With new-onset nystagmus in adult, consider MS

October 15, 2005

Iowa City-Multiple sclerosis (MS) is associated with the development of various forms of nystagmus. The association is so strong that new-onset nystagmus in an adult should be considered MS until proven otherwise.

Andrew G. Lee, MD, professor of ophthalmology, neurosurgery, and neurology, H. Stanley Thompson Neuro-ophthalmology Clinic at the University of Iowa Hospitals and Clinics, Iowa City, described how to recognize the common forms of nystagmus associated with MS and where the brain lesions are likely located.

"The most common form of nystagmus in MS is internuclear ophthalmoplegia, an adduction deficit and a dissociated abducting eye nystagmus that occurs in horizontal gaze in the direction away from the lesion in the medial longitudinal fasciculus (MLF)," Dr. Lee explained.

Locating the lesion

"It is important to recognize these forms of nystagmus because they have localizing value, that is, they tell you where the lesion is," he emphasized.

An internuclear ophthalmoplegia localizes to the MLF on the side of the adduction deficit. An acquired pendular nystagmus can originate from the cerebellum or brainstem. Upbeating nystagmus originates at the level of the vermis or brainstem, downbeating nystagmus at the level of the cervical medullary junction, and periodic alternating nystagmus in the cerebellum. The presence of internuclear ophthalmoplegia, especially if bilateral, strongly indicates MS in a young individual.

"A new-onset internuclear ophthalmoplegia in a young person represents MS until proven otherwise. If the patient is older, the diagnosis is likely an ischemic brainstem event," Dr. Lee said. "New-onset acquired pendular nystagmus in an adult is MS, until proven otherwise."

Upbeating nystagmus with the fast phase up is present in primary position. This nystagmus tends to be worse in upgaze, and is localized to the vermis, but the lesion can also be in the brainstem, including the posterior fossa, but especially in the medulla, according to Dr. Lee.

"The ascending pathways from the anterior semicircular canals at the junction of the pons and the medulla or at the junction of the midbrain and the pons can produce upbeating nystagmus," he said.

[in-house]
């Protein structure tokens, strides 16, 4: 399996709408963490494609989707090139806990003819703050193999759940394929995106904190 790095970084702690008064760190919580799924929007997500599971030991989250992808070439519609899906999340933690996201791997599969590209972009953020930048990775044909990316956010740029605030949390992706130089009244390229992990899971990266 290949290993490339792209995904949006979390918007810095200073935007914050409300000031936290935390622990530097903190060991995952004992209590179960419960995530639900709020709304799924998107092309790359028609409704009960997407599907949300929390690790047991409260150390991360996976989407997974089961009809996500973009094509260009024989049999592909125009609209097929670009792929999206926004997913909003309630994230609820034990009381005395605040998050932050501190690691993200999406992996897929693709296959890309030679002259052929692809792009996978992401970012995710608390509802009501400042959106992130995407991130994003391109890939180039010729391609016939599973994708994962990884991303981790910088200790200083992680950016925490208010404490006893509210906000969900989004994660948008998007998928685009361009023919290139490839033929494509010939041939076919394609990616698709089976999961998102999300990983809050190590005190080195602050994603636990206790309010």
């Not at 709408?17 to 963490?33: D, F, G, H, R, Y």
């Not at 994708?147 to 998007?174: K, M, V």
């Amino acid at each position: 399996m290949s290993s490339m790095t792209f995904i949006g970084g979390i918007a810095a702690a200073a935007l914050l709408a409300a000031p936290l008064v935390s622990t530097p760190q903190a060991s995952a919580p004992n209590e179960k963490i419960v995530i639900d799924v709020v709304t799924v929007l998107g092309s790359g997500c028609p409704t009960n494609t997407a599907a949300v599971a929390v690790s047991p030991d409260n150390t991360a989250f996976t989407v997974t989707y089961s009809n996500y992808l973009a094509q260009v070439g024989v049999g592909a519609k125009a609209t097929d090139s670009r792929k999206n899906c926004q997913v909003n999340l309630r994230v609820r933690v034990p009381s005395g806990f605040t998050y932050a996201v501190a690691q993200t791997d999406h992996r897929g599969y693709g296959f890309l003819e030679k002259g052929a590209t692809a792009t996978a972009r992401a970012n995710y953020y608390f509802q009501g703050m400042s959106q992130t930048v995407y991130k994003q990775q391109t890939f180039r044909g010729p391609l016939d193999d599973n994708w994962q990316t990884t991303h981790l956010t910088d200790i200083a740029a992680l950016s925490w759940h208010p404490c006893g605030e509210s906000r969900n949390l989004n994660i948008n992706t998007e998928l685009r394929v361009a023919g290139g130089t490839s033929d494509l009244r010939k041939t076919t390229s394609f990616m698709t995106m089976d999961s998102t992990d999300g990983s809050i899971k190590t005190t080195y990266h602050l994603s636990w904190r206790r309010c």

Downbeating nystagmus localizes to the cervical medullary junction, the junction between the cervical cord and the medulla. This nystagmus is present in primary position when it is pathologic; it is worse in lateral and down-gaze.

"At the level of the cervical medullary junction, even though a common structural cause of downbeating nystagmus is the Arnold-Chiari malformation, a very common pathologic cause is demyelinating disease in adults. Downbeating nystagmus is a central form of vestibular nystagmus," he said.

The localizing value of the nystagmus is lost if there is just downbeating or upbeating in the respective direction but not while in primary gaze. The presence of downbeating nystagmus or upbeating nystagmus in primary gaze educates the clinician to the location of the lesion.

Dr. Lee offered a warning about correctly identifying periodic alternating nystagmus. In a patient who seems to have a horizontal nystagmus that is beating to the right, for example, the individual should be observed for at least 1 minute to determine if the nystagmus is alternating.

"Every patient with horizontal nystagmus should be observed for a couple of minutes to differentiate it from periodic alternating nystagmus because, unlike many of the nystagmus treatments that do not work well, baclofen (Lioresal Intrathecal, Medtronic) seems to work better for periodic alternating nystagmus. It is important to make the diagnosis because this is one of the few treatable forms of nystagmus," he advised.